Gael Greene is an American restaurant critic, author and novelist. She became New York magazine's restaurant critic in fall 1968, at a time when most New Yorkers were unsophisticated about food and there were few chefs anyone knew by name, and for four decades both documented and inspired the city's and America's growing obsession with food. She was a pioneering "foodie."
About Gael Greene
Pioneering foodie who became famous as a restaurant critic for New York magazine in 1968, when few chefs were famous and America's food obsession had yet to blossom.
After graduating from the University of Michigan, she spent a year abroad in Paris that ignited her passion for distinguished culinary creations.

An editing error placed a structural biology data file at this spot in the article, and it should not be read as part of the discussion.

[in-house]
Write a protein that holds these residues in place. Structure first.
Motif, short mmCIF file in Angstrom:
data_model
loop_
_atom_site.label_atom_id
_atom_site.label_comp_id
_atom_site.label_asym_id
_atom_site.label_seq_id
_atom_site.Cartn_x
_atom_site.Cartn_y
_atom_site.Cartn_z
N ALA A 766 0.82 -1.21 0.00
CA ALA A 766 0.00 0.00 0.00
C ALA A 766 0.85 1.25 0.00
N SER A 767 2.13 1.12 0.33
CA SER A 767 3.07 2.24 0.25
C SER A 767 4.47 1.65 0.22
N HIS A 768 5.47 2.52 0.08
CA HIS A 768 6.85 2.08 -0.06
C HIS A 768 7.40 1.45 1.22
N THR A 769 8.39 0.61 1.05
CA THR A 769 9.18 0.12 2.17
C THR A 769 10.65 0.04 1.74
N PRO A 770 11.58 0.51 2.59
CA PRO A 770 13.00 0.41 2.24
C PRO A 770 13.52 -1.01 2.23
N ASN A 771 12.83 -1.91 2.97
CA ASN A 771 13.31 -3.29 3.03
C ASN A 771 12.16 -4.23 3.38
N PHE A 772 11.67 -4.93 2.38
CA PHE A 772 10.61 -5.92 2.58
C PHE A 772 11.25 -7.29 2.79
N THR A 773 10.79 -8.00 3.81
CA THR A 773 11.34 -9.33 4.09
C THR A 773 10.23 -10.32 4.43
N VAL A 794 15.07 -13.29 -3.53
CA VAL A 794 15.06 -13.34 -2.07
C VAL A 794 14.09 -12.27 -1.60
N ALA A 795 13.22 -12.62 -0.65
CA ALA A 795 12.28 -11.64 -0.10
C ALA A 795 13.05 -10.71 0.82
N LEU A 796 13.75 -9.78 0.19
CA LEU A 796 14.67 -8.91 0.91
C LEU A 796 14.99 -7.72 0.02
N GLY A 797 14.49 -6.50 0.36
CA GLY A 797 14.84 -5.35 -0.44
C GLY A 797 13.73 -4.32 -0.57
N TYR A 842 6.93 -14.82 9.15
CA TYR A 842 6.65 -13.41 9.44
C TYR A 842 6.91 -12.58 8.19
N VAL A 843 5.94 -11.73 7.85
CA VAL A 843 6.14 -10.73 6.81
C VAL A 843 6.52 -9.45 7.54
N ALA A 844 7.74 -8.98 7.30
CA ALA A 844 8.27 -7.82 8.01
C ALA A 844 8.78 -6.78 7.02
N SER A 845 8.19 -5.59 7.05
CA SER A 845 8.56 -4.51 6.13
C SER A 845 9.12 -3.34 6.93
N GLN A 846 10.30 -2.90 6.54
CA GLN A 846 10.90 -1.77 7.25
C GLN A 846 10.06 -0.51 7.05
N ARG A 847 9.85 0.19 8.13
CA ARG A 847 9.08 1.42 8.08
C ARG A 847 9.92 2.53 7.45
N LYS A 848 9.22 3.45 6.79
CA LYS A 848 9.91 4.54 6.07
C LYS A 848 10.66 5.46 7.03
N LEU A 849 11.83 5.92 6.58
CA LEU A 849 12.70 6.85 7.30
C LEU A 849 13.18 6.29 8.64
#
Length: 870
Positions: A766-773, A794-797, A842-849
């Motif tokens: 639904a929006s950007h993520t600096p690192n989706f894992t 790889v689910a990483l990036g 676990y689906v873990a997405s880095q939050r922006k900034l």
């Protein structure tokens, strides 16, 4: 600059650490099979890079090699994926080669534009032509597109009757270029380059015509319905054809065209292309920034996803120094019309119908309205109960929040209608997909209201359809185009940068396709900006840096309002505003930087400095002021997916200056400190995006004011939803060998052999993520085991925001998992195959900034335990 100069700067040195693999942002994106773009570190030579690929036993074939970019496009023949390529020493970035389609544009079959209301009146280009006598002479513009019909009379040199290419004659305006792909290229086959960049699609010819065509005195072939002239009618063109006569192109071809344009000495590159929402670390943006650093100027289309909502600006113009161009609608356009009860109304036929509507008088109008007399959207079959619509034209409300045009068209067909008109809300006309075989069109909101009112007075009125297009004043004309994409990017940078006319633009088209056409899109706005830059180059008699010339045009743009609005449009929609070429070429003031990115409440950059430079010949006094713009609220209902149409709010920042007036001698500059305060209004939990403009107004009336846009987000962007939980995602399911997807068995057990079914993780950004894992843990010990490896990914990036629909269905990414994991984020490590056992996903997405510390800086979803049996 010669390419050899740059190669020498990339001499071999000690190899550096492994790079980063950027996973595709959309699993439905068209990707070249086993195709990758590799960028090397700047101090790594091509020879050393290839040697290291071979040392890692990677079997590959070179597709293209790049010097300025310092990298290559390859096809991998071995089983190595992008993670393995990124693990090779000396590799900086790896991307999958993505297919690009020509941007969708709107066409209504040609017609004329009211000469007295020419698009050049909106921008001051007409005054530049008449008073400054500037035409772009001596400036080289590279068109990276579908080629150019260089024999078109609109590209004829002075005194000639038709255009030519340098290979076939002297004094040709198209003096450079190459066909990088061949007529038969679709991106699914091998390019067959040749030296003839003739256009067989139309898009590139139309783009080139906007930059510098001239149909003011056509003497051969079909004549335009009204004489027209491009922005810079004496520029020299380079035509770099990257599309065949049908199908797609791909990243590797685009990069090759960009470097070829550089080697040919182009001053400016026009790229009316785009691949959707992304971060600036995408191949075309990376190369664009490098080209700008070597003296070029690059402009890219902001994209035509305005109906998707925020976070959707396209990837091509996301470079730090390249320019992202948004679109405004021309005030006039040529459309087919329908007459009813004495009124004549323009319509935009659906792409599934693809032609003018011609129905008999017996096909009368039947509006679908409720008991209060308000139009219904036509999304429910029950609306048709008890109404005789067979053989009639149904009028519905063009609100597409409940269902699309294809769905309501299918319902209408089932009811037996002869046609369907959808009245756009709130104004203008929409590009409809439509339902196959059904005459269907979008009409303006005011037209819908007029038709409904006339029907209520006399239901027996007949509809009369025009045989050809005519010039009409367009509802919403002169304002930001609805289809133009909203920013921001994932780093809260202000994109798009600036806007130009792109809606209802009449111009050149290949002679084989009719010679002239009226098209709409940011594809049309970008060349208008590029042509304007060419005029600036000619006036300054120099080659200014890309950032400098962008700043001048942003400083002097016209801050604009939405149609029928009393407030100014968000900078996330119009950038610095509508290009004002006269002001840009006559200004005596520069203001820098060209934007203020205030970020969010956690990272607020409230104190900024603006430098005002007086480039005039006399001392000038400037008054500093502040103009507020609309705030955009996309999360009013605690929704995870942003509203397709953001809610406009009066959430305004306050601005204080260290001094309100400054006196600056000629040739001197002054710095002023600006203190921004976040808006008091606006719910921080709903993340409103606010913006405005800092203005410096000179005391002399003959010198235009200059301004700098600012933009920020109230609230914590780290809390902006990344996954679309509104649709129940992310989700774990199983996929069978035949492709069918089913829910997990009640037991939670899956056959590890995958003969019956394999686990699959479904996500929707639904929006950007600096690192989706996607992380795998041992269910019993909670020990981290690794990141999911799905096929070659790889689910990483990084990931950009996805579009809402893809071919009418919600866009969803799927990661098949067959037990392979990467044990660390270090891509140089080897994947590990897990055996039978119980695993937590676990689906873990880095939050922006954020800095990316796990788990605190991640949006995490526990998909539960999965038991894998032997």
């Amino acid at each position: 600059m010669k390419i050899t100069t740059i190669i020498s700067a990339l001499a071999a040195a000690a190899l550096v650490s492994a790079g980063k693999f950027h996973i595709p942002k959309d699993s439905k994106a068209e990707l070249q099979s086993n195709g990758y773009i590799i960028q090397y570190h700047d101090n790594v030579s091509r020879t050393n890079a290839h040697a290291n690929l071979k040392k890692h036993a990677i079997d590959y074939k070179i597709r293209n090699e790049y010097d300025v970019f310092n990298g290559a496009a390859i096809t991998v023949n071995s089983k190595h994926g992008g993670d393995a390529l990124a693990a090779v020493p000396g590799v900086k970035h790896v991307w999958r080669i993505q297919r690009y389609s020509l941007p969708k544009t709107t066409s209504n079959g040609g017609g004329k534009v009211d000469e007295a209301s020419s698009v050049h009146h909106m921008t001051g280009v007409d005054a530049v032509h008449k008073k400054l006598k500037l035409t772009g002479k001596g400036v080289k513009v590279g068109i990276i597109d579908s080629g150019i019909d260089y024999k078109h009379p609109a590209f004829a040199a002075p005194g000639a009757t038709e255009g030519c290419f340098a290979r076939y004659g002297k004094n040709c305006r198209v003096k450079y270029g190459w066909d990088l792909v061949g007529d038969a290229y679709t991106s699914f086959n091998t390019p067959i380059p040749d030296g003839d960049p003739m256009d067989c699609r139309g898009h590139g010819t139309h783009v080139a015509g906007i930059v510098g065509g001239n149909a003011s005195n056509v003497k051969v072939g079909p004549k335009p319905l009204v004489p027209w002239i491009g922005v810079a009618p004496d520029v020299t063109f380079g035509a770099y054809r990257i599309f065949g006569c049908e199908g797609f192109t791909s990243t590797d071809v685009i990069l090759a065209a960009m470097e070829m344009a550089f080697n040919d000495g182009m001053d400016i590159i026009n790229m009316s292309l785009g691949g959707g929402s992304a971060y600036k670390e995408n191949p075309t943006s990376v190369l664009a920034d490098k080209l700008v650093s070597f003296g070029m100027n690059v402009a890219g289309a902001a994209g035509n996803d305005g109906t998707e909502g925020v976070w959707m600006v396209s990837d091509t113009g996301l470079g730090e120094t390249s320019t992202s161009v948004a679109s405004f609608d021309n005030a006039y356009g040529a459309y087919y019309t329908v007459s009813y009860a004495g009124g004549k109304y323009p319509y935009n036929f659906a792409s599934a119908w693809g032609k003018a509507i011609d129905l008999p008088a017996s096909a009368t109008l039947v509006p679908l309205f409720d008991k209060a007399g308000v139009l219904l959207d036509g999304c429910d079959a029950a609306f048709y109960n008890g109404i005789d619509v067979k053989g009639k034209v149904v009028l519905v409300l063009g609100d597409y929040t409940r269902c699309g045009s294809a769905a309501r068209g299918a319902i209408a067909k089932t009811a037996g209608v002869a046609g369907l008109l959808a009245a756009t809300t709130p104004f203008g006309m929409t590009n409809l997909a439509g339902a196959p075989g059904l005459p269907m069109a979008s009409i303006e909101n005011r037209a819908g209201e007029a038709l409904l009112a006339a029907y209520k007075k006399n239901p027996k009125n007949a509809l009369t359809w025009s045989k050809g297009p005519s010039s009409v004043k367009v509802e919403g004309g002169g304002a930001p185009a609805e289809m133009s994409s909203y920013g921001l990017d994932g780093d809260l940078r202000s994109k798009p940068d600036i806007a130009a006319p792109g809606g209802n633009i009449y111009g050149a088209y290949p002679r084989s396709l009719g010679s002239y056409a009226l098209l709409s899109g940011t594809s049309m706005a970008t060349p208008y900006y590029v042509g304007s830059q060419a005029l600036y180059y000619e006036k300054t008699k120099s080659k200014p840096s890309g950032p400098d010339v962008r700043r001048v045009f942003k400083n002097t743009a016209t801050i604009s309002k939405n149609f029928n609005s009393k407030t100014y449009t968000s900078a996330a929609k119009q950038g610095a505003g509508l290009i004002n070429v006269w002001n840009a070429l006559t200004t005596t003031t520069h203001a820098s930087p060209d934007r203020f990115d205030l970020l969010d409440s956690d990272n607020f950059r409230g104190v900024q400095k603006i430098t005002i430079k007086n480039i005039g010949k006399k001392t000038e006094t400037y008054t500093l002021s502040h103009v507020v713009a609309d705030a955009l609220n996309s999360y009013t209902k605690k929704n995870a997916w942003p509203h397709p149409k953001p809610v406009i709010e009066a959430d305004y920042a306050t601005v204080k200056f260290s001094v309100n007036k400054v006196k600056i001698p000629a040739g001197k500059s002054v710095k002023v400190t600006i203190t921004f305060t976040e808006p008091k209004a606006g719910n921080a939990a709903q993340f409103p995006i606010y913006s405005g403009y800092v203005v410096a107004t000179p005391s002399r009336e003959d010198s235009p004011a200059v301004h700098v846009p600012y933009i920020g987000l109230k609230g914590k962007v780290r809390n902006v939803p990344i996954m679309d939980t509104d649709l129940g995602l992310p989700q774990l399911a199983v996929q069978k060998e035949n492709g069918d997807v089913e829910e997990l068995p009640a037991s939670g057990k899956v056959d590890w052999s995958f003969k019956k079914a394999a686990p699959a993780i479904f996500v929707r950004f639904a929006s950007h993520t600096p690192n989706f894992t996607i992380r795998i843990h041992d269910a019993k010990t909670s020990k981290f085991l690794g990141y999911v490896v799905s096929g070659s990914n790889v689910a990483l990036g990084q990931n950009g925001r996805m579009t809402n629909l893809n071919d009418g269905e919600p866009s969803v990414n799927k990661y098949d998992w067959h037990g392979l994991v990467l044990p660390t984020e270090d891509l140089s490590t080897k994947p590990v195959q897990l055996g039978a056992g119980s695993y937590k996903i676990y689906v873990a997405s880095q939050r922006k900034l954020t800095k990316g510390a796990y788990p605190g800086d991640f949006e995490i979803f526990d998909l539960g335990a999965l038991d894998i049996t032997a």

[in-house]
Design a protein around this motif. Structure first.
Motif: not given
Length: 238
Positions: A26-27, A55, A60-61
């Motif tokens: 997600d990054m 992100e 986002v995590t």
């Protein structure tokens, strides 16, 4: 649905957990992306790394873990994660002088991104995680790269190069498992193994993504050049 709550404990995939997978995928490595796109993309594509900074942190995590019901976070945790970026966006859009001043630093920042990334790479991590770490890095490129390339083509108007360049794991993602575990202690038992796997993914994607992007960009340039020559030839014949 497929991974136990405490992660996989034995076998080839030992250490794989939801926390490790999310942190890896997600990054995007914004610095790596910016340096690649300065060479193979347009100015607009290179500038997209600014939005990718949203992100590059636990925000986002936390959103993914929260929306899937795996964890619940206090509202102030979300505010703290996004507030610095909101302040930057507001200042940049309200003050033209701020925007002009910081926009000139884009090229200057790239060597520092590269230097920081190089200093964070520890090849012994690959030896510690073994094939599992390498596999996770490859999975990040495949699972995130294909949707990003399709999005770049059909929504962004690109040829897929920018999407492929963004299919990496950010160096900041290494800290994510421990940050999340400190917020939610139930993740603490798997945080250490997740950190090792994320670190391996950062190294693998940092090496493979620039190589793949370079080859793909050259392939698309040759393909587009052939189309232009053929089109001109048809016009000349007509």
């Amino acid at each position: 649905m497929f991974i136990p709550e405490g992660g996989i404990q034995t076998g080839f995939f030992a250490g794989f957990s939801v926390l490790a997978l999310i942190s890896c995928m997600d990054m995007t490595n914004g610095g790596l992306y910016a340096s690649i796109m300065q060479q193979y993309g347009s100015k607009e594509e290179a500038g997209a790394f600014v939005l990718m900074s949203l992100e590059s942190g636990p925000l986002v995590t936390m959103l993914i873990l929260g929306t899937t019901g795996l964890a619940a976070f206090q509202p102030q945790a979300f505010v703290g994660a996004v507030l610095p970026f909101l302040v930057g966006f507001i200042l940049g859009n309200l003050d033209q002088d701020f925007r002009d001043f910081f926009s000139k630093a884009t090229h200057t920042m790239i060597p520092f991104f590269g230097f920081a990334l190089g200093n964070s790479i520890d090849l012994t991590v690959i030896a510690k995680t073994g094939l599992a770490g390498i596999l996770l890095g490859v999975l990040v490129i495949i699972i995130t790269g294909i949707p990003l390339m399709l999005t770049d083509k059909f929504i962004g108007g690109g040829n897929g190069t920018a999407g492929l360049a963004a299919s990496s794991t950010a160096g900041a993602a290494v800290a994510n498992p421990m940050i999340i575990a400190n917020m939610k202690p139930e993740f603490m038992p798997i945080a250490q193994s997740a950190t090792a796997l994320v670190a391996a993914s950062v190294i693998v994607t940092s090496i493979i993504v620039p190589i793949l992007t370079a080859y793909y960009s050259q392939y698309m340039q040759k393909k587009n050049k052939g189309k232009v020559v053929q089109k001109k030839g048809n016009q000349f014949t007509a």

When making reservations at nice restaurants, she concealed her identity by wearing wide-brimed hats and paying with other people's credit cards.
She pretended to be pregnant and single while performing field research for a New York Post article about child trafficking.
She became known as the Dorothy Parker of food critics after receiving praise from readers and chefs alike for her accuracy and sharp writing style.
Information related to Gael Greene
- American restaurant critics
- Writers from Detroit